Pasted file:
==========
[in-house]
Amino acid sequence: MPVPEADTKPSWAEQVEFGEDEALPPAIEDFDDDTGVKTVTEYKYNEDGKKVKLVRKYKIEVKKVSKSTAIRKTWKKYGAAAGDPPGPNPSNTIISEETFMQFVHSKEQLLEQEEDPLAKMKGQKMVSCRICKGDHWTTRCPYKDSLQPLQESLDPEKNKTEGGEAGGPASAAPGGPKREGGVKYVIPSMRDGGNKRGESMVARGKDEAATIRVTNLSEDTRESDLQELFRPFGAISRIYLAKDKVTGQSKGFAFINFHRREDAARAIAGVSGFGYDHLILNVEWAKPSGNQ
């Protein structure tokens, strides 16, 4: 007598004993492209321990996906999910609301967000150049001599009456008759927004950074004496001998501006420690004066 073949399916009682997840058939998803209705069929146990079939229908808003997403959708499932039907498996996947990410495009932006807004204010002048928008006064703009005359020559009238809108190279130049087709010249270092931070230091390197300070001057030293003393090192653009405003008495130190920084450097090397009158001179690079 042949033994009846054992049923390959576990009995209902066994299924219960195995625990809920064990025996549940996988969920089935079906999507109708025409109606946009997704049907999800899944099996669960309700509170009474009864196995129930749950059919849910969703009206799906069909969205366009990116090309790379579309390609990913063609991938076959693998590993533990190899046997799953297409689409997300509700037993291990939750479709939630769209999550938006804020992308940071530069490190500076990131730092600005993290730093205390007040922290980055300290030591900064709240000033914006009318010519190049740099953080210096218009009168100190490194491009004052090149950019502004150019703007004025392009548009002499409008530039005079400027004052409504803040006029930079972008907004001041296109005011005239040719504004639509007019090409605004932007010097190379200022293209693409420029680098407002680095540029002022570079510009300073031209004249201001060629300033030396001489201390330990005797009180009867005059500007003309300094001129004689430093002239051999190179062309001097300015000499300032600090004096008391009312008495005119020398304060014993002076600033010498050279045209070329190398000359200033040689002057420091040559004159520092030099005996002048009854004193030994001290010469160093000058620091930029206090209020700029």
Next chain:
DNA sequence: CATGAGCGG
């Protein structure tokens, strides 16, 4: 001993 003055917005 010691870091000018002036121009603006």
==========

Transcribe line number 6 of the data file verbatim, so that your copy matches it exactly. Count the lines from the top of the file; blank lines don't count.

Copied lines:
């Protein structure tokens, strides 16, 4: 001993 003055917005 010691870091000018002036121009603006």